“I can eat much better without,” said Lavo; but to please Lucy his sister did try; slashing hard away with her knife, and digging her fork straight into a bit of meat. Then she very nearly ran it into her eye, and Lucy, who knew it was not good manners to laugh, was very near choking herself. And at last saying the knife and fork were “Great good—great good; but none for eating,” they stuck them through the great tortoise shell rings they had in their ears and noses. Lucy was distressed about Uncle Joseph’s knives and forks, which she knew she ought not to give away; but while she was looking about for Mrs. Bunker to interfere, Don seemed to think it his business and began to growl and fly at the little black legs.
“A tree, a tree!” cried the Isabelites, “where’s a tree?” And while they spoke, Lavo had climbed up the side of the door, and was sitting astride on the top of it, grinning down at the dog; and his sister had her feet on the lock, going up after him.
“Tree houses,” they cried; “there we are safe from our enemies.”
And Lucy found rising before her, instead of her own nursery, a huge tree, on the top of a mound. Basket-work had been woven between the branches to make floors, and on these were huts of bamboo cane; there were ladders hanging down made of strong creepers twisted together, and above and around, the cries of cockatoos and parrots and the chirp of grasshoppers rang in her ears. She laid hold of the ladder of creeping plants and began to climb, but soon her head swam, she grew giddy, and called out to Lavo to help her. Then suddenly she found herself curled up in Mrs. Bunker’s big beehive chair, and she wondered whether she had been asleep.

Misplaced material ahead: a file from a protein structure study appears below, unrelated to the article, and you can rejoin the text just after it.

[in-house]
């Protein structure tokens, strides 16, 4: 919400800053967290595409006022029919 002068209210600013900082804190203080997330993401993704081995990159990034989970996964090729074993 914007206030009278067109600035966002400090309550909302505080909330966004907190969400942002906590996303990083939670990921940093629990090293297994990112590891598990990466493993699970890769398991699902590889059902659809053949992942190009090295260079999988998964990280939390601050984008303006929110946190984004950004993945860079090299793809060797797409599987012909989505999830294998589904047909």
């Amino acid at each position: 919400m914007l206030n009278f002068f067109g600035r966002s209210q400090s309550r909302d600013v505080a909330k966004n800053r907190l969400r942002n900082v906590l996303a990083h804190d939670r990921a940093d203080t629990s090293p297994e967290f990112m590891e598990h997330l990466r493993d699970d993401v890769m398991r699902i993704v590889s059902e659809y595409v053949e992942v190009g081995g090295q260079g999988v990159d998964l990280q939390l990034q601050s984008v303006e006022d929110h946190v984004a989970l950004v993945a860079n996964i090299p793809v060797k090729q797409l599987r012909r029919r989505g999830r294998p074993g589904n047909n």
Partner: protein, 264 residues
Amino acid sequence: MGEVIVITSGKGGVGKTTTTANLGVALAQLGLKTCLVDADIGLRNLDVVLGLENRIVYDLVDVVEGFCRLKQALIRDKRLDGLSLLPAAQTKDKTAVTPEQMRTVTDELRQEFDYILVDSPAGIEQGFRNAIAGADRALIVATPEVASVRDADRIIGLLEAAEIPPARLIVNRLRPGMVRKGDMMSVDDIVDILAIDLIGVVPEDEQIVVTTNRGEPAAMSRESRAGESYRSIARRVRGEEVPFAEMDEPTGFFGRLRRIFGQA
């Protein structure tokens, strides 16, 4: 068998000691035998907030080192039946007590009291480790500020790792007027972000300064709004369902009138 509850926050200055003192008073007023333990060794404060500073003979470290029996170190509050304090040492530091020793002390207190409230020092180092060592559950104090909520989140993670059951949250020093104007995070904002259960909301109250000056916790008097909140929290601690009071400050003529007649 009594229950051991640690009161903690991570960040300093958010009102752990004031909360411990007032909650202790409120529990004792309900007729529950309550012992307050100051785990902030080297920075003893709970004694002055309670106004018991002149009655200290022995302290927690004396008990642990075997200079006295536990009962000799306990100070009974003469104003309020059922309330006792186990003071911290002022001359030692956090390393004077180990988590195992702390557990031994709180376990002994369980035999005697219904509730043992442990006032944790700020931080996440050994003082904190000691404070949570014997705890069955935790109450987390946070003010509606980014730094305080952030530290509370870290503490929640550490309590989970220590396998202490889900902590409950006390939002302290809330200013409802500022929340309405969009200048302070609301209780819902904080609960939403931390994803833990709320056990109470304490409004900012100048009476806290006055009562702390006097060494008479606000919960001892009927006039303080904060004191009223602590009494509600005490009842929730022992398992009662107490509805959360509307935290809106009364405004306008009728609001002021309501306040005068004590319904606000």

“If I could have such another funny dream!” said Lucy. “Mother Bunch, have you ever been to Italy?” and she put her finger on the long leg and foot, kicking at three-cornered Sicily.
“Yes, Missie, that I have; come out of this cold room and I’ll tell you.”
Lucy was soon curled in her chair; but no, she wasn’t! She was under a blue, blue sky, as she had never dreamt of; clear, sharp, purple hills rose up against it. There was a rippling little fountain, bursting out of a rock, carved with old, old carvings, broken now and defaced, but shadowed over by lovely maidenhair fern and trailing bindweed; and in a niche above a little roof, a figure of the Blessed Virgin. Some way off stood a long, low house propped up against the rich yellow stone walls and pillars of another old, old building, and with a great chestnut-tree shadowing it. It had a balcony, and the gable end was open, and full of big yellow pumpkins and clusters of grapes hung up to dry; and some goats were feeding round.
Then came a merry, merry voice singing something about la vendemmia; and though Lucy had never learnt Italian, her wonderful dream knowledge made her sure that this meant the vintage, the grape-gathering. Presently there came along a youth playing a violin and a little girl singing. And a whole party of other children, all loaded with as many grapes as they could carry, came leaping and singing after them; their black hair loose, or sometimes twisted with vine-leaves; their big black eyes dancing with merriment, and their bare, brown legs with glee.